In 2020, a piece that Boon coordinated won Venezuela’s top investigative journalism prize, handed out by IPYS Venezuela. Entitled “Canaima: Paradise poisoned by gold”, the exposé focused on how gold is illegally extracted from the Canaima National Park and transported to the Caribbean on tourist planes.
Boon is also in charge of investigative projects for the Alianza Rebelde Investiga (ARI), a coalition of three investigative media outlets in Venezuela: Runrun.es, El Pitazo, and TalCual.
Boon’s favorite tools include:
“I found out about Cmap tools six years ago and I have never stopped using them,” Boon said. “They have helped me a lot to visualize networks, and to weave (and unravel) tangled connections between people, companies and institutions. Cmap is very simple, versatile and easy to use. I recommend it for when you need to identify relationships between many people and you do not know where to start. It works as an initial draft or sketch diagram.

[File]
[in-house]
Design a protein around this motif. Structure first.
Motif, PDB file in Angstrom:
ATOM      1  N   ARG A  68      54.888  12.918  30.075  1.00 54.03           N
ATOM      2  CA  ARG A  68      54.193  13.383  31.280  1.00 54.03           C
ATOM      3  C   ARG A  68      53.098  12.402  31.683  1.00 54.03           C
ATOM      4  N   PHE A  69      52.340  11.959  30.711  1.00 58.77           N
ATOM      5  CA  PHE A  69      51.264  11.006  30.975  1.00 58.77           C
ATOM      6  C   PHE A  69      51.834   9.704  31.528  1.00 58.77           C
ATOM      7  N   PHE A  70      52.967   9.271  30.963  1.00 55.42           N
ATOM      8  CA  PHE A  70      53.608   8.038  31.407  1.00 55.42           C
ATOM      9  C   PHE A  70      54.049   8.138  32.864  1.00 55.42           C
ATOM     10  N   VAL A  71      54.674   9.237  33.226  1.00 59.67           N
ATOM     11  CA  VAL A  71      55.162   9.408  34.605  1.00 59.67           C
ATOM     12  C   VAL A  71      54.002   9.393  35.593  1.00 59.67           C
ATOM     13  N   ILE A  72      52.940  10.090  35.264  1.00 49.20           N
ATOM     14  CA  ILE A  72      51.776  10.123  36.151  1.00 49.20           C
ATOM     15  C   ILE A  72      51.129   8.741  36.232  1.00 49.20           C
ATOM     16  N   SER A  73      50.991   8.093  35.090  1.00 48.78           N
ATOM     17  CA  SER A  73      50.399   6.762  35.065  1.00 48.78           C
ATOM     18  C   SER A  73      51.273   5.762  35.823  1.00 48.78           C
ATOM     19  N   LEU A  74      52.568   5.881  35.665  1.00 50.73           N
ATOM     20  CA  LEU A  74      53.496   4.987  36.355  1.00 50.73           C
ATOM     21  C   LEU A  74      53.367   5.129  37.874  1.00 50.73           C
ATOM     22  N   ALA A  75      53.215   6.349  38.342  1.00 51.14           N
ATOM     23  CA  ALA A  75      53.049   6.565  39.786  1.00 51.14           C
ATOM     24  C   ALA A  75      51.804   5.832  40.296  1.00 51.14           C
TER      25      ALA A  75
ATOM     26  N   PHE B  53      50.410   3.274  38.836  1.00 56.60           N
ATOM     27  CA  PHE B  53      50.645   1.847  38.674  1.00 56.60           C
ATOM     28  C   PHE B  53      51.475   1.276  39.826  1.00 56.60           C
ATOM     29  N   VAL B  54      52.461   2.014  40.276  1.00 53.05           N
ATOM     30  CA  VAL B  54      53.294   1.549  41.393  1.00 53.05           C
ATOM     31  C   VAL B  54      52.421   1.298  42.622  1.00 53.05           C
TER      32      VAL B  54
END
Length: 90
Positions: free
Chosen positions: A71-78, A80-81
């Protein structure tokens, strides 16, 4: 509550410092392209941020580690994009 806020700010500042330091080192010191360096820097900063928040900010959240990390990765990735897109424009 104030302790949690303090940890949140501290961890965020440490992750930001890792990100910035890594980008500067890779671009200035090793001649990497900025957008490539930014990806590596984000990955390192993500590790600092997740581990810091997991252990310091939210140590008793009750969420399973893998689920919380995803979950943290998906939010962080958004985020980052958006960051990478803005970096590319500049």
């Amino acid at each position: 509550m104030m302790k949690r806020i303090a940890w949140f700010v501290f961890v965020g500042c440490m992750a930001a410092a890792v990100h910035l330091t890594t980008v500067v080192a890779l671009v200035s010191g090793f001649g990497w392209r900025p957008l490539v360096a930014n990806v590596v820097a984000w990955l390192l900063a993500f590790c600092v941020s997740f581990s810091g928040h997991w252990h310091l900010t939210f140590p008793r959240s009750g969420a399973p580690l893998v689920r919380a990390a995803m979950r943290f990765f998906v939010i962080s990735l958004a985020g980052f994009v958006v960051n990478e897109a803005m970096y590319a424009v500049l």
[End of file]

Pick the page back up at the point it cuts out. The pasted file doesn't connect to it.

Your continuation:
“A disadvantage I see is that it cannot be embedded with code in WordPress. It must be processed through design or infographics to be visually attractive.”
Lisseth used this tool in the following investigations:
“I use this tool to create flow diagrams that allow me to understand processes and visualize a map of relationships between corporations, institutions and people,” Boon explained. “It has a considerable variety of templates and attractive graphic resources that help me distinguish and classify information. Something to take into account is that the free version has limited options. You have to pay as you get more creative.”
Lisseth used this tool on the Venezuela FinCEN files investigation. She also used in for this investigation on a potential money laundry scheme from Dubai to Venezuela.